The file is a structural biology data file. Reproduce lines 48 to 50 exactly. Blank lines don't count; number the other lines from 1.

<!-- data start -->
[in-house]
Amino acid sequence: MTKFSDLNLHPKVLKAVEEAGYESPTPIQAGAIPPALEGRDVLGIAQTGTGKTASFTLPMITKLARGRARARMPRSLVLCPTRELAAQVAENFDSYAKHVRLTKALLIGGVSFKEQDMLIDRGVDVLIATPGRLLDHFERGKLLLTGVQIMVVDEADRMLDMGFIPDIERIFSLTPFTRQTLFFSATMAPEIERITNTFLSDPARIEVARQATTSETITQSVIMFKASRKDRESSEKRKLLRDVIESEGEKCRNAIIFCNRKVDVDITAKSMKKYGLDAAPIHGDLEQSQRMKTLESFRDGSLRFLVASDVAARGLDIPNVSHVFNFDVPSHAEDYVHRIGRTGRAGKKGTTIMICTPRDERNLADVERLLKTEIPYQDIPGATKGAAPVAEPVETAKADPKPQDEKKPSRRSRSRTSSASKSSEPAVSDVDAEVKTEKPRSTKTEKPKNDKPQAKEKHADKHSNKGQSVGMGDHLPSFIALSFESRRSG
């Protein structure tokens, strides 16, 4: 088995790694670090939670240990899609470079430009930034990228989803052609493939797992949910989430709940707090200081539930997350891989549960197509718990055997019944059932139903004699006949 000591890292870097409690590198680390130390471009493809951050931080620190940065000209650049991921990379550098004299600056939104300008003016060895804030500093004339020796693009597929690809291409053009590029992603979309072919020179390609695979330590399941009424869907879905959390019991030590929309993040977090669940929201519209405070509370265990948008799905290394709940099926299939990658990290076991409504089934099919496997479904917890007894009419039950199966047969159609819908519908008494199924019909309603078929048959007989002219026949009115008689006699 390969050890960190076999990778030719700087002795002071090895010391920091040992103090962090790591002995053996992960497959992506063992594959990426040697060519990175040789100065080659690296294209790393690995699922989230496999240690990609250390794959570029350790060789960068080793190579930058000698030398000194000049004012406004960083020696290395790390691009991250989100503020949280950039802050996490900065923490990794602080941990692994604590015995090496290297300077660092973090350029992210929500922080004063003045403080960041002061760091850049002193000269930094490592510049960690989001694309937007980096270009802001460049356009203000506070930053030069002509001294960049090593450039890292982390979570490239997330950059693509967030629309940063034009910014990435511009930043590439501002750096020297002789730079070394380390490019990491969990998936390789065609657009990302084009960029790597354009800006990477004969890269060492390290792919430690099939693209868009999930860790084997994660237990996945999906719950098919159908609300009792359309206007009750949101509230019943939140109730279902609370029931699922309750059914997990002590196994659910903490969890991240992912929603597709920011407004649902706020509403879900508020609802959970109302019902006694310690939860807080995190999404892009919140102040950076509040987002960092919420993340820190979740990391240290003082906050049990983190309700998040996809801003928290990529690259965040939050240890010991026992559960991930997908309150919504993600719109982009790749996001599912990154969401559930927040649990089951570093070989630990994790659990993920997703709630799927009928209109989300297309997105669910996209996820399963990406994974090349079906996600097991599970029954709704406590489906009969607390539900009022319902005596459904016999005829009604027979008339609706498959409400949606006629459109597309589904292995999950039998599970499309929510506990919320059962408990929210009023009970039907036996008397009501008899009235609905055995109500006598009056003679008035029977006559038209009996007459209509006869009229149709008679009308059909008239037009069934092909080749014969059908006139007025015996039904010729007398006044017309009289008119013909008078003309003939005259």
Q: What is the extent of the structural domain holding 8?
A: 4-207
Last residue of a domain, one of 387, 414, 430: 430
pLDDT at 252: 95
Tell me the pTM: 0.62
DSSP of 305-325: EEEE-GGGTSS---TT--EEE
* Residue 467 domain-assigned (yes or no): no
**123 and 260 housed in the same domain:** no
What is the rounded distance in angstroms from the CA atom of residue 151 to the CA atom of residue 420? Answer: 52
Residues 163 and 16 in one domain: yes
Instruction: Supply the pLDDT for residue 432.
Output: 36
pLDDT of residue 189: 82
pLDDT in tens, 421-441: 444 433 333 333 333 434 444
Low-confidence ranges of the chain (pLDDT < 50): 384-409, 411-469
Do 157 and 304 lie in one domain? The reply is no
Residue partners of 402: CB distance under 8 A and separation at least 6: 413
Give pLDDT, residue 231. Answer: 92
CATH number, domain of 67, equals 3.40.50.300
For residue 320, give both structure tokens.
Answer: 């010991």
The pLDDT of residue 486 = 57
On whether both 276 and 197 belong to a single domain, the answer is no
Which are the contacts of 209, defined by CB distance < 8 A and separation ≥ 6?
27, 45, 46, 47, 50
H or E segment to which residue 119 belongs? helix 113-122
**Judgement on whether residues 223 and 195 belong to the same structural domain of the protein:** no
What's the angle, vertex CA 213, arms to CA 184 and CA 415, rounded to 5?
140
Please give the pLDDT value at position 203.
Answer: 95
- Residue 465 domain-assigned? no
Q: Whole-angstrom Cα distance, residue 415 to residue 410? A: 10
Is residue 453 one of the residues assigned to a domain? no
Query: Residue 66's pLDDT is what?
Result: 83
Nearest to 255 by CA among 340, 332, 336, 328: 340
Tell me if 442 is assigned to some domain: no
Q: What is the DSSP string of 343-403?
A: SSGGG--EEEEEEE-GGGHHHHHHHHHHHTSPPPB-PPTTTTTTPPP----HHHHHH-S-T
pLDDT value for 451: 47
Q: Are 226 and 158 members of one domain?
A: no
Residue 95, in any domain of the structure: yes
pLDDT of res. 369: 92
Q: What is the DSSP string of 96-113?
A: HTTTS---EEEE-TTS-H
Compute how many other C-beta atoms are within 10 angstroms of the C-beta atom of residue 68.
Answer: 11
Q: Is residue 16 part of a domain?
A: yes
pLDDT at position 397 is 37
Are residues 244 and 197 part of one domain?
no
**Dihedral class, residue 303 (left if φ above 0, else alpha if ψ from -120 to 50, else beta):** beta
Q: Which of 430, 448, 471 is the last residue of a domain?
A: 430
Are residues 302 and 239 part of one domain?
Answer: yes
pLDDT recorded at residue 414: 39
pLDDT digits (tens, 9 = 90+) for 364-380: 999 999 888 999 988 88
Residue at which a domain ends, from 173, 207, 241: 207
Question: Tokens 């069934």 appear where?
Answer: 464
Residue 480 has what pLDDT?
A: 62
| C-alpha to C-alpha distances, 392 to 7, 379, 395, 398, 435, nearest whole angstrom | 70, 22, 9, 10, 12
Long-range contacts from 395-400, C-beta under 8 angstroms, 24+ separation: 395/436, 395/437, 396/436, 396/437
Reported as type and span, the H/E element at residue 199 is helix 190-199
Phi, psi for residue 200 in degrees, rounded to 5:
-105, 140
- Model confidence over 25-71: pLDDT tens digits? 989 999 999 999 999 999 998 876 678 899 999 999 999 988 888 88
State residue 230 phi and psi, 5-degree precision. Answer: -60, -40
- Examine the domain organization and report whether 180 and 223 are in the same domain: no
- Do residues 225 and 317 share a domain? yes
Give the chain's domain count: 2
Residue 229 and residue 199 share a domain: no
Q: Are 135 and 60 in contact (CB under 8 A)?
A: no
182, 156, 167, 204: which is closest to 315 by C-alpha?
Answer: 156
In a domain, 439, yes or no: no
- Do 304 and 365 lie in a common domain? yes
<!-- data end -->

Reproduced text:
pLDDT of res. 369: 92
Q: What is the DSSP string of 96-113?
A: HTTTS---EEEE-TTS-H